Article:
Global Supply Chain Crises Flares Up Again Where It All Began

Global Supply Chain Crises Flares Up Again Where It All Began

China’s stringent rules to curb Covid-19 are about to unleash another wave of summer chaos on supply chains between Asia, the U.S., and Europe. Ports are already snarled, with the $22 trillion trade in global goods facing months of severe disruption.

Beijing’s zero-tolerance approach amid an escalating virus outbreak brings the pandemic full circle, more than two years after its emergence in Wuhan upended the global economy.

Shipping congestion at Chinese ports, combined with Russia’s war in Ukraine, risks a one-two punch that threatens to derail the recovery, already buffeted by inflation pressures and headwinds to growth.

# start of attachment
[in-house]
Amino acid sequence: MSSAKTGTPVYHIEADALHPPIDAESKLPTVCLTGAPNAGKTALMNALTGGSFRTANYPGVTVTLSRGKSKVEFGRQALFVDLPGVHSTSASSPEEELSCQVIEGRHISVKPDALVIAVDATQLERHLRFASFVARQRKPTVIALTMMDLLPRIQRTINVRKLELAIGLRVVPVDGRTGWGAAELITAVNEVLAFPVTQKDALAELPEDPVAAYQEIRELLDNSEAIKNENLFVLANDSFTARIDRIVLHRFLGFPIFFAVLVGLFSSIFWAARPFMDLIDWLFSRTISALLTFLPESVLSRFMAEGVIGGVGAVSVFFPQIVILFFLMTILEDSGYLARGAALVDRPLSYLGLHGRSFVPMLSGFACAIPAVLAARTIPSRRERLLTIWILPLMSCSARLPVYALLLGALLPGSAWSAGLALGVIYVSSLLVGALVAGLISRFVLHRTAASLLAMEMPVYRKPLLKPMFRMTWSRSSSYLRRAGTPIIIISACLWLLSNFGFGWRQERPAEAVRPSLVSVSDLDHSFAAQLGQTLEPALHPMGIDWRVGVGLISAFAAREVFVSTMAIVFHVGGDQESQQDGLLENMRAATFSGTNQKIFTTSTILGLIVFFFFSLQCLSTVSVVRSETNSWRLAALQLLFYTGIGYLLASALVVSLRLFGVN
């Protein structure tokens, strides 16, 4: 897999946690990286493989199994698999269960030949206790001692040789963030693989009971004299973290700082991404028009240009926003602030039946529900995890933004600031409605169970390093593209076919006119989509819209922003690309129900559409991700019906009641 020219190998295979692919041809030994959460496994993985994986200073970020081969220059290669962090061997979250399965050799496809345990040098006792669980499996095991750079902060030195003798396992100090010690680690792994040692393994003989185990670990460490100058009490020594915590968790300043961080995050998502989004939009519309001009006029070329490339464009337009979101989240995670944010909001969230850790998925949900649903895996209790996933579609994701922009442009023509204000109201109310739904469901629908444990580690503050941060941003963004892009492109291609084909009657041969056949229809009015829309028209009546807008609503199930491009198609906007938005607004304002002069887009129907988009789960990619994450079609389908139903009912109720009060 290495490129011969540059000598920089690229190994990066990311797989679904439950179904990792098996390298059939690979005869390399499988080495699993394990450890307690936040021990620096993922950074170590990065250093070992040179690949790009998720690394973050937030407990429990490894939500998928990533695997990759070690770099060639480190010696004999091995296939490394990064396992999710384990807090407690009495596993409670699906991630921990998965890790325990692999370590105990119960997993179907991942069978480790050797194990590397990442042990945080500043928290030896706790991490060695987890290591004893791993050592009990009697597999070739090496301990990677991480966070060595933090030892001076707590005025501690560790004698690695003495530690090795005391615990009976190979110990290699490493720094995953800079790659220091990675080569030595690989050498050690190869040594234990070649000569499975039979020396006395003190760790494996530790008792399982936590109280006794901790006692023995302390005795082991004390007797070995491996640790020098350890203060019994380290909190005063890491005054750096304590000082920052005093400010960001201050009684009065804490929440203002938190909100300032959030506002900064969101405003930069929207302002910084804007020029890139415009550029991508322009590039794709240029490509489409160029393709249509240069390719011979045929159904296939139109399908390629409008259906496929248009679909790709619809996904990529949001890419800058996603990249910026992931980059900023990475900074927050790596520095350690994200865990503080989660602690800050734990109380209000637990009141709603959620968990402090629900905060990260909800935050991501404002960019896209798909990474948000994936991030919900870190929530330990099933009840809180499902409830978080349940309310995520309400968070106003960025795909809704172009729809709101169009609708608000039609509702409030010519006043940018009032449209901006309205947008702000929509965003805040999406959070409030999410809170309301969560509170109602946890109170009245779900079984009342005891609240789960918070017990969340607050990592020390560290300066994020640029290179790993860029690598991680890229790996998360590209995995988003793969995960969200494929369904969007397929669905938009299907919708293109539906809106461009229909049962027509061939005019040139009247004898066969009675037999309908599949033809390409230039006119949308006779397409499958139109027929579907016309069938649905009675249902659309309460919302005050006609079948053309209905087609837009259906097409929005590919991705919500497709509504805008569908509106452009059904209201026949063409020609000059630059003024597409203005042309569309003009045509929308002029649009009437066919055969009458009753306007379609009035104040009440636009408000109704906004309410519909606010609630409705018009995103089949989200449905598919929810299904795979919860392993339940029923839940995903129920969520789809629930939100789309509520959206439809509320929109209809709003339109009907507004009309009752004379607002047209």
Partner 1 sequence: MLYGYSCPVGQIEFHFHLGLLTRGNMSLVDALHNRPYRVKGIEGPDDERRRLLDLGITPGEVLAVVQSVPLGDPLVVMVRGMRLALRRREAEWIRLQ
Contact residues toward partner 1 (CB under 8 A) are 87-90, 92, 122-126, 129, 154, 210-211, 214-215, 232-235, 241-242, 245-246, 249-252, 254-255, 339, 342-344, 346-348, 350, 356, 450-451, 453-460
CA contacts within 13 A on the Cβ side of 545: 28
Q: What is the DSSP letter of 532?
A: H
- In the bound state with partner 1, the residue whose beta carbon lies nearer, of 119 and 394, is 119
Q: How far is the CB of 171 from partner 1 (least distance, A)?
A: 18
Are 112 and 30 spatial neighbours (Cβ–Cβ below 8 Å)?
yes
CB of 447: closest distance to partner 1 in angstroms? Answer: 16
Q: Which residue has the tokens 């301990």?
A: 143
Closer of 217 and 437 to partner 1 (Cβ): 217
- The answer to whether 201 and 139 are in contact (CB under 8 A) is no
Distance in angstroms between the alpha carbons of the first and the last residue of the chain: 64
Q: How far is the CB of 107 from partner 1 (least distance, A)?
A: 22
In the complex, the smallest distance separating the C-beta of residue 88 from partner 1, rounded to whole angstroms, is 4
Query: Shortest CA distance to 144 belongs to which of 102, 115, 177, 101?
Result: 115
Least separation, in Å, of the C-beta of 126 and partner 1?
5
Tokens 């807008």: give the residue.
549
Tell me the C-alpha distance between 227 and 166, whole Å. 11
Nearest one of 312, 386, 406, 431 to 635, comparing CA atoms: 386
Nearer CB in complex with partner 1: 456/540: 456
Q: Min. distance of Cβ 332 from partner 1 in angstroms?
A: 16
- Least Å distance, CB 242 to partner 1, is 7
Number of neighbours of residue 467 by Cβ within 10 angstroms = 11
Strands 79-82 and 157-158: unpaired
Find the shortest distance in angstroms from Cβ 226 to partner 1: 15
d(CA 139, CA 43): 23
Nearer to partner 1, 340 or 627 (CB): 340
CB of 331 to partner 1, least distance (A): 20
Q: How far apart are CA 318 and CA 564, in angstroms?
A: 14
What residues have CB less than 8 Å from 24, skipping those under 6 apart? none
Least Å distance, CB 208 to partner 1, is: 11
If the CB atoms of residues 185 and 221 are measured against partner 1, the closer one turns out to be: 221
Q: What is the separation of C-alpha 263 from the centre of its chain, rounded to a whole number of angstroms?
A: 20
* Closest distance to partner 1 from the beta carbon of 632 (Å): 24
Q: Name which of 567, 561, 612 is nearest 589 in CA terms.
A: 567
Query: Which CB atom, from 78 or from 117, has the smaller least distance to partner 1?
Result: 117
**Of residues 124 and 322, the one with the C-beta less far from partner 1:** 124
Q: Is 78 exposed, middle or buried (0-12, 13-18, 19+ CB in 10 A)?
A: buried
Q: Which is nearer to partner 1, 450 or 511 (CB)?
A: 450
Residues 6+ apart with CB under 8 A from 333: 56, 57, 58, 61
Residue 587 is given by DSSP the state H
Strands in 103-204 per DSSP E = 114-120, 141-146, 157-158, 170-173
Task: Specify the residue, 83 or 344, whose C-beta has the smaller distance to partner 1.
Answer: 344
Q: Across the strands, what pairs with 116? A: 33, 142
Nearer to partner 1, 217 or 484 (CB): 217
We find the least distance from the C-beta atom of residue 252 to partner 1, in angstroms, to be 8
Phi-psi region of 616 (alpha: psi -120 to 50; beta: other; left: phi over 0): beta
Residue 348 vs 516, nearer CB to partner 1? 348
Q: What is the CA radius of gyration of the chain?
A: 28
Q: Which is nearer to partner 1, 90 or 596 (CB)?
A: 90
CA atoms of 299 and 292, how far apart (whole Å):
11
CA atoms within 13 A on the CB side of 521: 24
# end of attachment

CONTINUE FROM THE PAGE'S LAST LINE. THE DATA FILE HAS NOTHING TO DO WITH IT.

Even if the virus is reined in, the disruptions will ripple globally — and extend through the year — as bunched-up cargo vessels start sailing again.

China accounts for about 12% of global trade and Covid restrictions have idled factories and warehouses, slowed truck deliveries, and exacerbated container logjams. U.S. and European ports are already swamped, leaving them vulnerable to additional shocks.

In the short run, the pileups will mean more costly headaches in the $22 trillion arena for global merchandise trade, which slumped in 2020 and rebounded last year.
For some corporate executives, reeling in far-flung production networks is no longer a patriotic political slogan — it’s a business necessity given all the uncertainty.

Longer queues of vessels seen off China’s coast aren’t helping. The line of cargo carriers has jumped after Shanghai, home to the world’s largest container port, initiated a city-wide lockdown late last month to combat Covid-19 cases.

Source: Economic Times

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